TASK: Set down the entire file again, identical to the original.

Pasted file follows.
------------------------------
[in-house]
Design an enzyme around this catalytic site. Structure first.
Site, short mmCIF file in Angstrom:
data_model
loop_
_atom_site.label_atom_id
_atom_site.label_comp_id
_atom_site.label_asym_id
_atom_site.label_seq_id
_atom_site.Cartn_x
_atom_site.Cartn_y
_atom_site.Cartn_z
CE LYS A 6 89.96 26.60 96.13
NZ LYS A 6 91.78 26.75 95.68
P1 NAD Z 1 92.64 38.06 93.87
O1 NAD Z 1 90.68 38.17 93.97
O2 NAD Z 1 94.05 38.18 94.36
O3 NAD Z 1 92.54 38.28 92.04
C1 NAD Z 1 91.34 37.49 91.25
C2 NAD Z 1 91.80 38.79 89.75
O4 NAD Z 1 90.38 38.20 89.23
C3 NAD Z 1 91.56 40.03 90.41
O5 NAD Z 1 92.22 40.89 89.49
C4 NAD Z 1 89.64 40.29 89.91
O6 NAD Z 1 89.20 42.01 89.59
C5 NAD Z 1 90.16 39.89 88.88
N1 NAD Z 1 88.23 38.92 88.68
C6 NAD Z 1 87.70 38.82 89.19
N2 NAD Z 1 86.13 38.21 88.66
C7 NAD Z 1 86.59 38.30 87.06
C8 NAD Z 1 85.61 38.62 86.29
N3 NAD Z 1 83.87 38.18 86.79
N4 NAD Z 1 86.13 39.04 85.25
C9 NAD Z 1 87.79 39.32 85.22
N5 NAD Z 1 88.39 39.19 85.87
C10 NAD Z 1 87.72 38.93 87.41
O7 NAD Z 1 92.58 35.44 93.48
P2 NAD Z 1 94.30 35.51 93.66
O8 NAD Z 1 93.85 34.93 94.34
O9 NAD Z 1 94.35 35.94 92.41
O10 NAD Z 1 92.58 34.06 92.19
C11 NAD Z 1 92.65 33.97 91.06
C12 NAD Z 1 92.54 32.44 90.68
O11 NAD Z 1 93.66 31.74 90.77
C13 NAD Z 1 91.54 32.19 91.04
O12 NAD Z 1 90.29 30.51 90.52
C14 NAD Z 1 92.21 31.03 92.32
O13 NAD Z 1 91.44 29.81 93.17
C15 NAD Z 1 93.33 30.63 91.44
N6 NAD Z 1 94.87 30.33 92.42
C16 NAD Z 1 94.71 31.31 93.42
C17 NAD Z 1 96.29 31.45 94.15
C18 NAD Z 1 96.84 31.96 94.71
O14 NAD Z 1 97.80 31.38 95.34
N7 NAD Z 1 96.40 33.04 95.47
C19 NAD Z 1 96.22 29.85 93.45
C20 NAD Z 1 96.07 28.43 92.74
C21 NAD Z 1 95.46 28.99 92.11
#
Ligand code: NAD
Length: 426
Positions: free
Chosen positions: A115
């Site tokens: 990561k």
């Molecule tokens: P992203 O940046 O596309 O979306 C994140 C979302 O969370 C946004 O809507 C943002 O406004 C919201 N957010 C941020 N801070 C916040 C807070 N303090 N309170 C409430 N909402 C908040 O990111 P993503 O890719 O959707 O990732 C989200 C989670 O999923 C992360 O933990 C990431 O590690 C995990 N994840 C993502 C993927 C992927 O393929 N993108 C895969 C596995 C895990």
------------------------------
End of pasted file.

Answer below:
[in-house]
Design an enzyme around this catalytic site. Structure first.
Site, short mmCIF file in Angstrom:
data_model
loop_
_atom_site.label_atom_id
_atom_site.label_comp_id
_atom_site.label_asym_id
_atom_site.label_seq_id
_atom_site.Cartn_x
_atom_site.Cartn_y
_atom_site.Cartn_z
CE LYS A 6 89.96 26.60 96.13
NZ LYS A 6 91.78 26.75 95.68
P1 NAD Z 1 92.64 38.06 93.87
O1 NAD Z 1 90.68 38.17 93.97
O2 NAD Z 1 94.05 38.18 94.36
O3 NAD Z 1 92.54 38.28 92.04
C1 NAD Z 1 91.34 37.49 91.25
C2 NAD Z 1 91.80 38.79 89.75
O4 NAD Z 1 90.38 38.20 89.23
C3 NAD Z 1 91.56 40.03 90.41
O5 NAD Z 1 92.22 40.89 89.49
C4 NAD Z 1 89.64 40.29 89.91
O6 NAD Z 1 89.20 42.01 89.59
C5 NAD Z 1 90.16 39.89 88.88
N1 NAD Z 1 88.23 38.92 88.68
C6 NAD Z 1 87.70 38.82 89.19
N2 NAD Z 1 86.13 38.21 88.66
C7 NAD Z 1 86.59 38.30 87.06
C8 NAD Z 1 85.61 38.62 86.29
N3 NAD Z 1 83.87 38.18 86.79
N4 NAD Z 1 86.13 39.04 85.25
C9 NAD Z 1 87.79 39.32 85.22
N5 NAD Z 1 88.39 39.19 85.87
C10 NAD Z 1 87.72 38.93 87.41
O7 NAD Z 1 92.58 35.44 93.48
P2 NAD Z 1 94.30 35.51 93.66
O8 NAD Z 1 93.85 34.93 94.34
O9 NAD Z 1 94.35 35.94 92.41
O10 NAD Z 1 92.58 34.06 92.19
C11 NAD Z 1 92.65 33.97 91.06
C12 NAD Z 1 92.54 32.44 90.68
O11 NAD Z 1 93.66 31.74 90.77
C13 NAD Z 1 91.54 32.19 91.04
O12 NAD Z 1 90.29 30.51 90.52
C14 NAD Z 1 92.21 31.03 92.32
O13 NAD Z 1 91.44 29.81 93.17
C15 NAD Z 1 93.33 30.63 91.44
N6 NAD Z 1 94.87 30.33 92.42
C16 NAD Z 1 94.71 31.31 93.42
C17 NAD Z 1 96.29 31.45 94.15
C18 NAD Z 1 96.84 31.96 94.71
O14 NAD Z 1 97.80 31.38 95.34
N7 NAD Z 1 96.40 33.04 95.47
C19 NAD Z 1 96.22 29.85 93.45
C20 NAD Z 1 96.07 28.43 92.74
C21 NAD Z 1 95.46 28.99 92.11
#
Ligand code: NAD
Length: 426
Positions: free
Chosen positions: A115
């Site tokens: 990561k």
């Molecule tokens: P992203 O940046 O596309 O979306 C994140 C979302 O969370 C946004 O809507 C943002 O406004 C919201 N957010 C941020 N801070 C916040 C807070 N303090 N309170 C409430 N909402 C908040 O990111 P993503 O890719 O959707 O990732 C989200 C989670 O999923 C992360 O933990 C990431 O590690 C995990 N994840 C993502 C993927 C992927 O393929 N993108 C895969 C596995 C895990």